Ice discovered in fresh moon craters for first time suggesting water is appearing on lunar surface

Mail Online | 10/11/2019 | Milly Vincent For Mailonline
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Ice has formed on the moon relatively recently, according to scientists.

Experts had thought all ice on the moon's shady south pole dated back billions of years but they have noticed signs some may be fresher.

Small - Craters - Edges - Contain - Ice

Small, recent craters which can be spotted by their sharper, more defined edges, contain ice which must be younger than the rest of the ice, they said.

It is thought to have come from meteorite impacts or, potentially, from volcanic activity beneath the lunar surface.

Scientists - Avenues - Exploration - Moon - Fuel

And scientists say it opens new avenues for exploration on the moon and could possibly supply fuel for future landings.

With impact marks in the ice from micrometeorites and other debris over a long period on the lunar surface, scientists predicted the ice, inside the Moon's craters, formed at some point after those craters' were created around 3.1 billion years ago.

Scientists - Ice

But now scientists have spotted what appears to be fresher ice.

Ice also exists in smaller craters, suggesting that some of the deposits on the south pole formed there relatively recently.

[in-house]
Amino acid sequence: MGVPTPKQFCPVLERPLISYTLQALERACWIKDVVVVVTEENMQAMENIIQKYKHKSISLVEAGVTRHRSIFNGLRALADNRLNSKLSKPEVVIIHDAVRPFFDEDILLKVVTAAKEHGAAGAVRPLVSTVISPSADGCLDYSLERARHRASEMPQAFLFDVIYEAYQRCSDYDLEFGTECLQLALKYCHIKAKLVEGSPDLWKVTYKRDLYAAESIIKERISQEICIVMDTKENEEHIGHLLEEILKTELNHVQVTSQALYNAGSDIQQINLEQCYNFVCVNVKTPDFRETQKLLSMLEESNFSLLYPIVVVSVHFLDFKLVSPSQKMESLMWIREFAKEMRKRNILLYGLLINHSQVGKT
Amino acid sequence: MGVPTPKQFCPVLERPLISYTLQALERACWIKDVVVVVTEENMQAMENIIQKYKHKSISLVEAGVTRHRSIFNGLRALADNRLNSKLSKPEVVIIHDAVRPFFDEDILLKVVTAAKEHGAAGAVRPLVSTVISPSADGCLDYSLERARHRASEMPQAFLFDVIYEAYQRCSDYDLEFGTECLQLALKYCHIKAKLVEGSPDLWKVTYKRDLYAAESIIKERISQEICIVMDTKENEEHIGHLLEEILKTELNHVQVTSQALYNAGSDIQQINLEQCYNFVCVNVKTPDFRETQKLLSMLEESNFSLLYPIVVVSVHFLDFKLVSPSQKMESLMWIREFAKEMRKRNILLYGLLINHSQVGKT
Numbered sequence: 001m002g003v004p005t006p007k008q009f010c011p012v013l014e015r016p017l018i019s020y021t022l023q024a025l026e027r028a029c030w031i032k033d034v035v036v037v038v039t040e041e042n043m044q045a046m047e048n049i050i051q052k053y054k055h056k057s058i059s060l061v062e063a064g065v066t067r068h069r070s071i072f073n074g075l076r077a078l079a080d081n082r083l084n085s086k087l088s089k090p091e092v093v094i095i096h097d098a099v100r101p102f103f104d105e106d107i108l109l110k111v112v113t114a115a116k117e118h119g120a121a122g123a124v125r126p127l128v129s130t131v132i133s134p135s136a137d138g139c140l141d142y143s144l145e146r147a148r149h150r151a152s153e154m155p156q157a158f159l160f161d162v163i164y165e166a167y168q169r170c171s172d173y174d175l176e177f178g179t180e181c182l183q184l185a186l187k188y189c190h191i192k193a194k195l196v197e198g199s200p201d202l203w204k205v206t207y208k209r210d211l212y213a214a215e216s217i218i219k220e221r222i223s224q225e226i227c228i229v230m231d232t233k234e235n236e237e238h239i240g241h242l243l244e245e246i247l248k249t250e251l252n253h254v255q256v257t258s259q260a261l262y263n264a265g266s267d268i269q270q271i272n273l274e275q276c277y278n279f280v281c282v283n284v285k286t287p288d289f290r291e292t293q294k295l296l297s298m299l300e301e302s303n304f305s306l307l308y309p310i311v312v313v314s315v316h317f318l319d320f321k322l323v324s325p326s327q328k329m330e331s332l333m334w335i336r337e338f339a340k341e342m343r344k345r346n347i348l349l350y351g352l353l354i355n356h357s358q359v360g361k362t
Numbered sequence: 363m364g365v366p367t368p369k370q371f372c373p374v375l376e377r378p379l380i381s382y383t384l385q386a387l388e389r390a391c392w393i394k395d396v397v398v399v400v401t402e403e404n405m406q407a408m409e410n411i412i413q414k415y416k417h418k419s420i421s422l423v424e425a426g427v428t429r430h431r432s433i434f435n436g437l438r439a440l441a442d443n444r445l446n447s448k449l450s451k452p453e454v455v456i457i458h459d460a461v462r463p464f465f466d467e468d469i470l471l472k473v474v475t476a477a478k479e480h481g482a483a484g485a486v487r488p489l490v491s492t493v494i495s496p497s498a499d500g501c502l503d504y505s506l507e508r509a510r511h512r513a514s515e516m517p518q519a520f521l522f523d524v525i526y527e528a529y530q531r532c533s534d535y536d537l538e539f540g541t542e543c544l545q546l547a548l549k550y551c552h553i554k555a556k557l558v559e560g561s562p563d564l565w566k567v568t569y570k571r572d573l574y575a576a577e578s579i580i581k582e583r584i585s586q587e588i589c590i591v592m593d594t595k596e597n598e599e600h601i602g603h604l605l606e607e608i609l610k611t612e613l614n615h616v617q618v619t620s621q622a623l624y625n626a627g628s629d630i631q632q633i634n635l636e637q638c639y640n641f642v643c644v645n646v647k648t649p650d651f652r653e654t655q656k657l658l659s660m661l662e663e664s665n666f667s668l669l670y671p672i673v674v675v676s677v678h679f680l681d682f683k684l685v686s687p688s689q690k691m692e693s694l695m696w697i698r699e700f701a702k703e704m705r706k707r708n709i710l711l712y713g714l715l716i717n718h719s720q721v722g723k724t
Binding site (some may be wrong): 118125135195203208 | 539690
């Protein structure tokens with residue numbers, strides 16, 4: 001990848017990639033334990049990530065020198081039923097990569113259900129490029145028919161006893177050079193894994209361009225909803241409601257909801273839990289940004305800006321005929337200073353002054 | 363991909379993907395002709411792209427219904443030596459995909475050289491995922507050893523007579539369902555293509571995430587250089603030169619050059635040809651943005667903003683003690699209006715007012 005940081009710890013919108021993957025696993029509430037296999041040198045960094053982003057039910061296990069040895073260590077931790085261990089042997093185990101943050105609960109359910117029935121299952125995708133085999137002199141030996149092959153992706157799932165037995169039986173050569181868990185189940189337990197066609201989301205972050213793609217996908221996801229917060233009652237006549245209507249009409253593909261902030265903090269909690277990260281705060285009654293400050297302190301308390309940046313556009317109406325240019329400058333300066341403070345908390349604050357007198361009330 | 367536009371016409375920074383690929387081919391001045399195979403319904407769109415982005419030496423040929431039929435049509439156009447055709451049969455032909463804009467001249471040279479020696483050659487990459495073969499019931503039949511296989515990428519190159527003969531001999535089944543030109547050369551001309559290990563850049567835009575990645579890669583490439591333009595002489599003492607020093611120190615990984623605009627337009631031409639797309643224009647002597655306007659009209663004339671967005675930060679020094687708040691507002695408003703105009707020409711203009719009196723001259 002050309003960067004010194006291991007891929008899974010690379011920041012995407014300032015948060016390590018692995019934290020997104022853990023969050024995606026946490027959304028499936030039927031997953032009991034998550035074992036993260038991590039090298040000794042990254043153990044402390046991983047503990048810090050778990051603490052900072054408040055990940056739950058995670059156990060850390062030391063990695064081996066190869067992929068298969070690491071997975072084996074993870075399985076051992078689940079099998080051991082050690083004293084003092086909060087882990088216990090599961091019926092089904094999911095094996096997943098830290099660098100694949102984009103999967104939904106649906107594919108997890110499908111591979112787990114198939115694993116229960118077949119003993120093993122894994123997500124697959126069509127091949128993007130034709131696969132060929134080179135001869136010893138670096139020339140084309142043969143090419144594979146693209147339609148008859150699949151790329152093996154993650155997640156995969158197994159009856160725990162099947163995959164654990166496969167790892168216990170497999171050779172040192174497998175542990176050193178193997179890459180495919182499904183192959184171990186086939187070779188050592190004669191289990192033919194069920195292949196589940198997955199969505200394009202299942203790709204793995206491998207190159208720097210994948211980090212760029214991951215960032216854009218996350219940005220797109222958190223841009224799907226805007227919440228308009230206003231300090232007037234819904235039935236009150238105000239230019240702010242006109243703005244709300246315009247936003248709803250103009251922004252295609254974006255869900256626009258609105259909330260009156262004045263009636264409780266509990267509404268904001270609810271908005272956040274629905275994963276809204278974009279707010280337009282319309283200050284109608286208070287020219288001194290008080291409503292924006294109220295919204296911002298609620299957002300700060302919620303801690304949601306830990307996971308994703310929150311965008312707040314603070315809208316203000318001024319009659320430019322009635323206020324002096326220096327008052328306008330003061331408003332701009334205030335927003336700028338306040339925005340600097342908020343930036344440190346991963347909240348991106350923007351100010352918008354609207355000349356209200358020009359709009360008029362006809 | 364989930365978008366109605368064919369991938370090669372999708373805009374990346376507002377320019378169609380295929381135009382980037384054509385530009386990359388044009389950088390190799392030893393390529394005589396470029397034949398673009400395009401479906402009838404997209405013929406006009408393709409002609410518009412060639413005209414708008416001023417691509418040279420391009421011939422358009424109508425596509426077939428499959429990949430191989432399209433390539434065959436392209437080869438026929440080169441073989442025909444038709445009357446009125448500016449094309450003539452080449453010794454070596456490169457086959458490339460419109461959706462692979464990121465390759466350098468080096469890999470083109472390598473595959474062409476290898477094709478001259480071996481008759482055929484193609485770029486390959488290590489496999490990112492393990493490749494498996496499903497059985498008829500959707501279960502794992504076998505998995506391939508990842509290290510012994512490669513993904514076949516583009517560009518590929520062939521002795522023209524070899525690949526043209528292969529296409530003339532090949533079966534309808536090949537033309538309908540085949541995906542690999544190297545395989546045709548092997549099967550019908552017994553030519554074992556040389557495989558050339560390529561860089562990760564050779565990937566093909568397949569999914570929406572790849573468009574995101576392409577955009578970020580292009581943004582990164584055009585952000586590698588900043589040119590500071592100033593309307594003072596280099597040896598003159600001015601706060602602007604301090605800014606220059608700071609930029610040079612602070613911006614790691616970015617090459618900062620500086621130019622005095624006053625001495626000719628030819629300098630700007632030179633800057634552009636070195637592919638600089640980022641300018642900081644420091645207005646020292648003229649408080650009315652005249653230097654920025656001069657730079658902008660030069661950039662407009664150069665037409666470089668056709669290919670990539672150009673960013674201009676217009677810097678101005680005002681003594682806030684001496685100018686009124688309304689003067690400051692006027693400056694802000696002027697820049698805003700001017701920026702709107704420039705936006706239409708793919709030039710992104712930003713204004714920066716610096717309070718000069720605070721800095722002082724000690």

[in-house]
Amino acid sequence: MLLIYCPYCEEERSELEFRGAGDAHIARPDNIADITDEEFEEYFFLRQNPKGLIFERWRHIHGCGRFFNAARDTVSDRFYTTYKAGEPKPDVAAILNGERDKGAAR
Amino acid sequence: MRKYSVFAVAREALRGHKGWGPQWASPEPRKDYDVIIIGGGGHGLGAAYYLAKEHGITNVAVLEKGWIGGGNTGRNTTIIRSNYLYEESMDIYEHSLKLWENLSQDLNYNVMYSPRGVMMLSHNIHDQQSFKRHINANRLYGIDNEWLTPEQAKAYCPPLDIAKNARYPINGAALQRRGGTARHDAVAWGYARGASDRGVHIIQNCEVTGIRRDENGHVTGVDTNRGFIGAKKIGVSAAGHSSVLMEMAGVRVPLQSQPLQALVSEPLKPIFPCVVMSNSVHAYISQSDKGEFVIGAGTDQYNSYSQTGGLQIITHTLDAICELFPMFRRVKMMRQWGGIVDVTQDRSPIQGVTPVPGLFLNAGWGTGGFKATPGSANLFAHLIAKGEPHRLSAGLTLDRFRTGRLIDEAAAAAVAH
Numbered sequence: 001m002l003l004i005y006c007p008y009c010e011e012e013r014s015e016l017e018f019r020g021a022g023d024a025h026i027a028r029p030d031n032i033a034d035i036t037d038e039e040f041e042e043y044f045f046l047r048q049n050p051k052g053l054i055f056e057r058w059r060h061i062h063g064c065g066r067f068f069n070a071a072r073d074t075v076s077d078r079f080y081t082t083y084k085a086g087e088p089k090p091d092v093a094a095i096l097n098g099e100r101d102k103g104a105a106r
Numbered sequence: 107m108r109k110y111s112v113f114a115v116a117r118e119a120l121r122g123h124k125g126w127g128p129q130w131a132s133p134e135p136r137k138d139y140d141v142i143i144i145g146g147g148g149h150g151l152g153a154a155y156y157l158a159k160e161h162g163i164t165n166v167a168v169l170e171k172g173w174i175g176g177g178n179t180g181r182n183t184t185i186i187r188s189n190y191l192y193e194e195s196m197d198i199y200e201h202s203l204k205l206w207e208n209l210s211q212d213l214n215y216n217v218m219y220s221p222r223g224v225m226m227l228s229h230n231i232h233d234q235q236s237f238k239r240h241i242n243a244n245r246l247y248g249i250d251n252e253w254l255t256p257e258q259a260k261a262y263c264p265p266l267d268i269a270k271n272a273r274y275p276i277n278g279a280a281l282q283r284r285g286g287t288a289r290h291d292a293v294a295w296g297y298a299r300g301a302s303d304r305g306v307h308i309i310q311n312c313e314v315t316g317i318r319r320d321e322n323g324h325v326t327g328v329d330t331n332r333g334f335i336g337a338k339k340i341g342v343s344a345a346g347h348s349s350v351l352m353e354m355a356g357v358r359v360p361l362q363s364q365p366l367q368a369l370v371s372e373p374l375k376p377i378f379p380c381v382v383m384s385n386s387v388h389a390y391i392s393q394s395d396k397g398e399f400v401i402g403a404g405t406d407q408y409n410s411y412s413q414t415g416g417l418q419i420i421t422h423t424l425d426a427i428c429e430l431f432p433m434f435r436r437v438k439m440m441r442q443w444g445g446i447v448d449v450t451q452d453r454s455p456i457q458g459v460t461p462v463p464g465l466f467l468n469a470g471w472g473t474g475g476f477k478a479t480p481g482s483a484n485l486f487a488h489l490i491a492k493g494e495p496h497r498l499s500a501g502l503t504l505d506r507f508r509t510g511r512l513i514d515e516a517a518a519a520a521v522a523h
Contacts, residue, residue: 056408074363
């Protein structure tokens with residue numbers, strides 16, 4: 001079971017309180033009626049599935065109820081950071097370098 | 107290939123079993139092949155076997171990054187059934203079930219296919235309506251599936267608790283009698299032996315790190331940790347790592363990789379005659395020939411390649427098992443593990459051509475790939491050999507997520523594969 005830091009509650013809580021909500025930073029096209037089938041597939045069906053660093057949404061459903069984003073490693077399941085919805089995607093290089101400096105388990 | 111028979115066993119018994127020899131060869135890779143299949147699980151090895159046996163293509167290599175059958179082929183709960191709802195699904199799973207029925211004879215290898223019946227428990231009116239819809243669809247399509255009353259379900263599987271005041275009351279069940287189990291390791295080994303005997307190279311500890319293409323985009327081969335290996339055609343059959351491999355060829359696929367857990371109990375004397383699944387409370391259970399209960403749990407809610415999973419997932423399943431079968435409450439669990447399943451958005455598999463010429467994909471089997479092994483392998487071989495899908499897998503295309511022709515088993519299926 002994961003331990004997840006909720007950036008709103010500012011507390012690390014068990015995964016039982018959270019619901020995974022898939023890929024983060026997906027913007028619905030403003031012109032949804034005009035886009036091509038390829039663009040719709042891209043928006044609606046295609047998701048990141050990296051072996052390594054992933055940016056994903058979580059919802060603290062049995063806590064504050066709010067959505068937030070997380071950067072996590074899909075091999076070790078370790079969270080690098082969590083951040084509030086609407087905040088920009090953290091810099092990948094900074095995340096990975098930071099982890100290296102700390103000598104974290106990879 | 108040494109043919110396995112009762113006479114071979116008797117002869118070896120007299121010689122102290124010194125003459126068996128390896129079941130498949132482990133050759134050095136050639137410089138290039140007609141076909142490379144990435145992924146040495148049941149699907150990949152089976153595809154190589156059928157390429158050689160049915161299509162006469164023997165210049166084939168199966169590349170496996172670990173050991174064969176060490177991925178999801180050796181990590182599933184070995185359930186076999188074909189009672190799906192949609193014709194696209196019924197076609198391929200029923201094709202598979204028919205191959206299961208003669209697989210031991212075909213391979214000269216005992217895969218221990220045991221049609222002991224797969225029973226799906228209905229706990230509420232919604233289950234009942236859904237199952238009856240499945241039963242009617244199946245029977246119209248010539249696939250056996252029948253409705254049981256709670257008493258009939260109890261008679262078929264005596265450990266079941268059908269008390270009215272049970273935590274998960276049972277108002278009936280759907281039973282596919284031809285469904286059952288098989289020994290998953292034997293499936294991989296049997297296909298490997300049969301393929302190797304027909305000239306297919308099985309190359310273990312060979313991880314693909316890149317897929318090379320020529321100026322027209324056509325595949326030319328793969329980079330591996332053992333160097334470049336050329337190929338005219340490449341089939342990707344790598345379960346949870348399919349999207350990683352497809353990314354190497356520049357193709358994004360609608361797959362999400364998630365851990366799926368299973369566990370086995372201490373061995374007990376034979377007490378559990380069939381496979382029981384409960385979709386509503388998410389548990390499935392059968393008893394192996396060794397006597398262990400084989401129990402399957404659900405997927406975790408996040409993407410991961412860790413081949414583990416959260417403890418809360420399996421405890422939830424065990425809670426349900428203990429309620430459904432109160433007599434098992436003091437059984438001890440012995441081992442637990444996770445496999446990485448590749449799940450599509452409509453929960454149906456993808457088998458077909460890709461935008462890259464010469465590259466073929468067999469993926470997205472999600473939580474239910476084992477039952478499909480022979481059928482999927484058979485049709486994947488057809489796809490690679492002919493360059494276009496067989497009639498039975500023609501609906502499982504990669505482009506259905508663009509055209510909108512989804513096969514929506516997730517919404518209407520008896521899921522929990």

Ariel - Deutsch - Graduate - Student - Brown

Ariel Deutsch, a graduate student in Brown University's Department of Earth, Environmental and Planetary Sciences who wrote the study said: 'That was a surprise, there hadn't really been any observations of ice in younger cold traps before.'

Ms Deutsch said that dating the deposits is important for future lunar explorers who might make use of that ice for fuel and other purposes.

Ages - Deposits - Something - Origin - Ice

She added: 'The ages of these deposits can potentially tell us something about the origin of the ice, which helps us understand the sources and distribution of water in the inner solar system.

'For exploration purposes, we need to understand the lateral and vertical distributions of these deposits to figure out how best to access them.

Distributions - Time - Idea - Age

'These distributions evolve with time, so having an idea of the age is important.'

For the study, Deutsch...
(Excerpt) Read more at: Mail Online
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